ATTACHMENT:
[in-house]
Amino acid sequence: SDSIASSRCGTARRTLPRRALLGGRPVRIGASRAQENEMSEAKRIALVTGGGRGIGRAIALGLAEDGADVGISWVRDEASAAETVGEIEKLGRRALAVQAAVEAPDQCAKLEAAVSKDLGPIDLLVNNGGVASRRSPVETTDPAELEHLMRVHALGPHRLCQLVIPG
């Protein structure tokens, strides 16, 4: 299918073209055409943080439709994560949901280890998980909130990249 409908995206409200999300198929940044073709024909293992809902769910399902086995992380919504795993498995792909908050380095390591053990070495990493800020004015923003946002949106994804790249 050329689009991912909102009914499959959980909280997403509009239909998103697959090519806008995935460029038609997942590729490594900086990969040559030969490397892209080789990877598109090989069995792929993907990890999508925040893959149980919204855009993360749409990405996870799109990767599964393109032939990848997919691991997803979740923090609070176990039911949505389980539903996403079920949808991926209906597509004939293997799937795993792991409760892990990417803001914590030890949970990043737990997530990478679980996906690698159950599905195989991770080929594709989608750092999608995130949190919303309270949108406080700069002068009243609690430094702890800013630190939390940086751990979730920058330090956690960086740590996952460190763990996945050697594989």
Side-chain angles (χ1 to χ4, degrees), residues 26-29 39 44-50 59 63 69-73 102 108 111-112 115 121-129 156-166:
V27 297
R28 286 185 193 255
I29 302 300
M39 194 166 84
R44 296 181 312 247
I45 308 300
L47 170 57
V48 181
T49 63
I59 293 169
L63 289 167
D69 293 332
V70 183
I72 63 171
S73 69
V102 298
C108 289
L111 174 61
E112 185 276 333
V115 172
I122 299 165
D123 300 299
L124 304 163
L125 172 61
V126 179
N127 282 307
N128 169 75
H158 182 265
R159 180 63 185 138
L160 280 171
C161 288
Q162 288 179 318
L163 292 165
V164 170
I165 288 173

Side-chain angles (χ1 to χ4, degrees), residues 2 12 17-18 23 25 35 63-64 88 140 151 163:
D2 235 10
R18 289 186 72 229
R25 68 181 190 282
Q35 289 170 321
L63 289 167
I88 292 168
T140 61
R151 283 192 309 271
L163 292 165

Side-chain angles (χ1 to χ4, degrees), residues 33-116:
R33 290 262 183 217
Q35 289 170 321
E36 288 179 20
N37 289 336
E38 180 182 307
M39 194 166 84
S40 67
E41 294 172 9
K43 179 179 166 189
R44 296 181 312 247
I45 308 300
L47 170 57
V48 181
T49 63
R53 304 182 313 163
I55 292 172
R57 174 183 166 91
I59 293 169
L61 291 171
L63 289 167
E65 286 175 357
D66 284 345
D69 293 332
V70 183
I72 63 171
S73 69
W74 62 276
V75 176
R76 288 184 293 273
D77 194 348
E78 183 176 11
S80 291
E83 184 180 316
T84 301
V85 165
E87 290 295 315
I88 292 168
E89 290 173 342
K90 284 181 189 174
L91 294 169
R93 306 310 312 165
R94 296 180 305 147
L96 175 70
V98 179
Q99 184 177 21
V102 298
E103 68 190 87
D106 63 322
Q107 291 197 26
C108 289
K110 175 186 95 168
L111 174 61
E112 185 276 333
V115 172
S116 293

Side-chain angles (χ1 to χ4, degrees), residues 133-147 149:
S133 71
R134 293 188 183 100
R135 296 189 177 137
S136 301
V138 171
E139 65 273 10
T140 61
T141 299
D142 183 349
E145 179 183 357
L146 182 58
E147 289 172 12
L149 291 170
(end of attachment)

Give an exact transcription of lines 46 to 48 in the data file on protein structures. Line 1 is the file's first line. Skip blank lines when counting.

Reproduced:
I88 292 168
T140 61
R151 283 192 309 271